Monday, October 9, 2017


In a new book, Writing Radar: Using Your Journal To Snoop Out and Craft Great Stories, Jack Gantos shares more than classic tips for writing a great beginning, middle, and end. He shares his own passion to become a published author. Do you have students who dream about seeing their own books on library shelves? If so, give them Writing Radar. Give them the opportunity to hear Gantos describe in emotional detail the moment he placed his hand in the exact spot where a fiction book written by an author named “Gantos” would be shelved.  

Fans of the Joey Pigza books will enjoy the story of how Gantos met the student who inspired the character of Joey at an author visit. Gantos has lectured in dozens of schools about the craft of writing. He shares those lessons in Writing Radar along with many short writing examples teachers could use as models in the classroom. Gantos uses anecdotes from his childhood to demonstrate how everyday experiences make excellent writing material. “The Cool-Air Chair” is a brief story of how Gantos liked to read with the refrigerator door open because it was the coolest place in his Florida home without air-conditioning. Examining how Gantos makes a fairly mundane activity into a very amusing story should help your students discover the stories in their own lives. The book is peppered with such stories and many chapters can stand alone as a read aloud, making Writing Radar a great text to use periodically throughout the year.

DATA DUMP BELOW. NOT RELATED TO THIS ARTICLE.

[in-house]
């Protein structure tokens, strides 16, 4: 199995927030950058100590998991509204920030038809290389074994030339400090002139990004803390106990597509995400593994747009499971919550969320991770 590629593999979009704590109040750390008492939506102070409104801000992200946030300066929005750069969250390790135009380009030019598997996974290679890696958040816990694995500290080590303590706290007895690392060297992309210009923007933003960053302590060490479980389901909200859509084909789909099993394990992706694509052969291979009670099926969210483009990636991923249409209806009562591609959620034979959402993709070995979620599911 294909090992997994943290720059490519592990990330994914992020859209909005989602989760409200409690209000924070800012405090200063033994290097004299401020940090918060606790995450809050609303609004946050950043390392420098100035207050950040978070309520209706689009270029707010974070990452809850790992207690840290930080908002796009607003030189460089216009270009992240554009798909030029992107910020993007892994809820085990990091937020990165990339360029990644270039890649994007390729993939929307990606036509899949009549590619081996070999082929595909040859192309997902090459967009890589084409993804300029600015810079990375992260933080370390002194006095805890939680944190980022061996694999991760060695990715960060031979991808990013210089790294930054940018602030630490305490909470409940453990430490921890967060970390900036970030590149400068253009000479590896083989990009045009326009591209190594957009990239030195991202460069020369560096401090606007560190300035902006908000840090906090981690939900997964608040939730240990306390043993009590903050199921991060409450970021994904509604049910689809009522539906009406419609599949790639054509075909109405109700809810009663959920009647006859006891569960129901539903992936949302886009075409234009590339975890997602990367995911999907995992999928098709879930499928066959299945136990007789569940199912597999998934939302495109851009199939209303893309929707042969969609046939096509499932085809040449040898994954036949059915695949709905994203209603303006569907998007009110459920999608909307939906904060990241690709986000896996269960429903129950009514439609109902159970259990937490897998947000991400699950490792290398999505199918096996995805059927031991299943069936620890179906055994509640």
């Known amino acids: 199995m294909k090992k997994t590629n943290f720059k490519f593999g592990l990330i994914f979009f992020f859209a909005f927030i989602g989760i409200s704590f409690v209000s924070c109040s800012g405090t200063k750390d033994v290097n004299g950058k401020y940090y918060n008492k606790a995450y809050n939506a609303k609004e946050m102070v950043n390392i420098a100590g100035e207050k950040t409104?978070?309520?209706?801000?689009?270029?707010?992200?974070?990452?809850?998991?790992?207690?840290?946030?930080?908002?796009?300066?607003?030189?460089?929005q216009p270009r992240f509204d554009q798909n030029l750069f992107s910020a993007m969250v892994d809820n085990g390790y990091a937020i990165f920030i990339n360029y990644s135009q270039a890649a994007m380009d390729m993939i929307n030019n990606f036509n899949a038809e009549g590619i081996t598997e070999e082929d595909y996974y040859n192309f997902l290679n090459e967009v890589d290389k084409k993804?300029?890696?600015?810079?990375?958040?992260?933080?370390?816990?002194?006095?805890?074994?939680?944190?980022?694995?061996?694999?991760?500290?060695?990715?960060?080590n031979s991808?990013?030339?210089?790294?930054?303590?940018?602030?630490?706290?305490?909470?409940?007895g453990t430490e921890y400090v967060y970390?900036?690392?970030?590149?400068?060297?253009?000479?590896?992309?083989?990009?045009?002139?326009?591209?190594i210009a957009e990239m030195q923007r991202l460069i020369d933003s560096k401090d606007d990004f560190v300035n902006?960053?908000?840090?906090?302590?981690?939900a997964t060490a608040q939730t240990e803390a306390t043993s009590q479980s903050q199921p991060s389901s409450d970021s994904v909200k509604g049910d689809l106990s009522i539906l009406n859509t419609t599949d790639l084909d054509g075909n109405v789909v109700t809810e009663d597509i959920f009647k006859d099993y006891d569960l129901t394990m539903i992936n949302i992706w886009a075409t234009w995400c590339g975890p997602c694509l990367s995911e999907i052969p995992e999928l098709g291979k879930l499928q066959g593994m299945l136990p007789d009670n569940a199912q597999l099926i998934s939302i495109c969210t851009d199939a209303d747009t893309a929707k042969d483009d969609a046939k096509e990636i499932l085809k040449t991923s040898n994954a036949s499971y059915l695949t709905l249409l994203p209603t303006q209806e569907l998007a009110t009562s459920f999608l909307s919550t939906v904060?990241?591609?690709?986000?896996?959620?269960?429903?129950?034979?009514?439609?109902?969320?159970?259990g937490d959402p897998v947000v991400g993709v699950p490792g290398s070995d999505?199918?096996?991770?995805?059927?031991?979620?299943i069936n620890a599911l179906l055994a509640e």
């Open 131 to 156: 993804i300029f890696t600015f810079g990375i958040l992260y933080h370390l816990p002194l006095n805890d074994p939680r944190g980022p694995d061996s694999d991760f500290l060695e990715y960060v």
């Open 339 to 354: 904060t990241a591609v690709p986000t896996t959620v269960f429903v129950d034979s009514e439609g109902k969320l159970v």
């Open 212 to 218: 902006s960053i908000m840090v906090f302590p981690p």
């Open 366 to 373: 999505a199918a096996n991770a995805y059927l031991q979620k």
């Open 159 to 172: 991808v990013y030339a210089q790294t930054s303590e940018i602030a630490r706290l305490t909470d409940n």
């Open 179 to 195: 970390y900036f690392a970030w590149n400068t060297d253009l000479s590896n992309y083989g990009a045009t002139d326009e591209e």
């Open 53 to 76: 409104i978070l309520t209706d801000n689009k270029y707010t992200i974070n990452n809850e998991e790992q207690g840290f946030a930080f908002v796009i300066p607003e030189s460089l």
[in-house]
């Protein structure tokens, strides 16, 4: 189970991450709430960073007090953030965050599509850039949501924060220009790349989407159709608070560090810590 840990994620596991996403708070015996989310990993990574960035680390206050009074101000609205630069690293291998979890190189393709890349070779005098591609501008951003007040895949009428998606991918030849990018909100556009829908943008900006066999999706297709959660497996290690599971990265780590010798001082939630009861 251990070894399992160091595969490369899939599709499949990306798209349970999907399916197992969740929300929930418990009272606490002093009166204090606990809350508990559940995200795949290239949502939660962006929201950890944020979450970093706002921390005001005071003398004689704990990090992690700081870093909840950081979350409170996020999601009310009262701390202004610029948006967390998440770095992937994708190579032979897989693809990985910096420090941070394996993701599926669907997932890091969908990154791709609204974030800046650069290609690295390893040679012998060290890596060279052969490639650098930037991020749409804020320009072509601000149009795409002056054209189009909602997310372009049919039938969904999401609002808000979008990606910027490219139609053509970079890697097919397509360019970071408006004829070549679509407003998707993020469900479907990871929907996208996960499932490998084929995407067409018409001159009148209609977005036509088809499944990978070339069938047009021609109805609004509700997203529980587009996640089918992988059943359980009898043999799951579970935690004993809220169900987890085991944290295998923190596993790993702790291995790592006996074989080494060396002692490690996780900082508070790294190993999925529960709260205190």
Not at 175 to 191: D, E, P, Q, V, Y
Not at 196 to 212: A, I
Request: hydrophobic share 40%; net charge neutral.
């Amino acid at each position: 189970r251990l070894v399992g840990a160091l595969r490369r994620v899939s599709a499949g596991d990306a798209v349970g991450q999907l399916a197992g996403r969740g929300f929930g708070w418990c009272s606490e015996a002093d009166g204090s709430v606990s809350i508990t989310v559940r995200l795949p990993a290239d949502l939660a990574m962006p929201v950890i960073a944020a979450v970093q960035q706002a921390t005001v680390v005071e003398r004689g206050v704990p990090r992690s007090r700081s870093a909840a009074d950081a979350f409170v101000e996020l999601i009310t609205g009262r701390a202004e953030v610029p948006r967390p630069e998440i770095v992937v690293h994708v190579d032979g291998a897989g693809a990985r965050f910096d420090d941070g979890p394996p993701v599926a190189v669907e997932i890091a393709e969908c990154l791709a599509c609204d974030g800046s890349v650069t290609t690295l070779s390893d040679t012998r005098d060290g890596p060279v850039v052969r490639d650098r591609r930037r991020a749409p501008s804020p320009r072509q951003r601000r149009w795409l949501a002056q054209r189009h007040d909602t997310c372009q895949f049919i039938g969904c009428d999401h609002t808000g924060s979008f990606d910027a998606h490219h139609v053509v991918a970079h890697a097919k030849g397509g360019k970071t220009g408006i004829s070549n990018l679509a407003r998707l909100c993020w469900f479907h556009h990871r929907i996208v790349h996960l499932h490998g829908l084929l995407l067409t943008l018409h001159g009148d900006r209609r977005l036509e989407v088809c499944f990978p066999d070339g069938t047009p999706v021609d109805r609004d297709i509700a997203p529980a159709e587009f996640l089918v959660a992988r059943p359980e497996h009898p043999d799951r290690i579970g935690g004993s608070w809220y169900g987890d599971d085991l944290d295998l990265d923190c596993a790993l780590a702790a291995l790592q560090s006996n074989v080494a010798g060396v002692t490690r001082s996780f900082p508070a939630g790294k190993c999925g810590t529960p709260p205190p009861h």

In a chapter called, “Breaking It Down,” Gantos provides a step-by-step guide to the elements of storytelling. Writing and reading teachers could use this as a model for studying character, setting, problem, action, etc.  

Finally, Gantos nudges the young writer to simply get moving—to write. In his most important writing tip, he says: “Don’t be that writer who waits all day for the perfect first sentence, or you will grow old while learning to hate yourself and writing.” Gantos cautions young writers not to expect creative thoughts to line up neatly “like a long string of dominoes standing on end and all the writer has to do is push the first one over.” He accurately describes the messy process of creating story while brimming with excitement for the craft. Writer Radar is an excellent resource for the classroom and all those who love writing.

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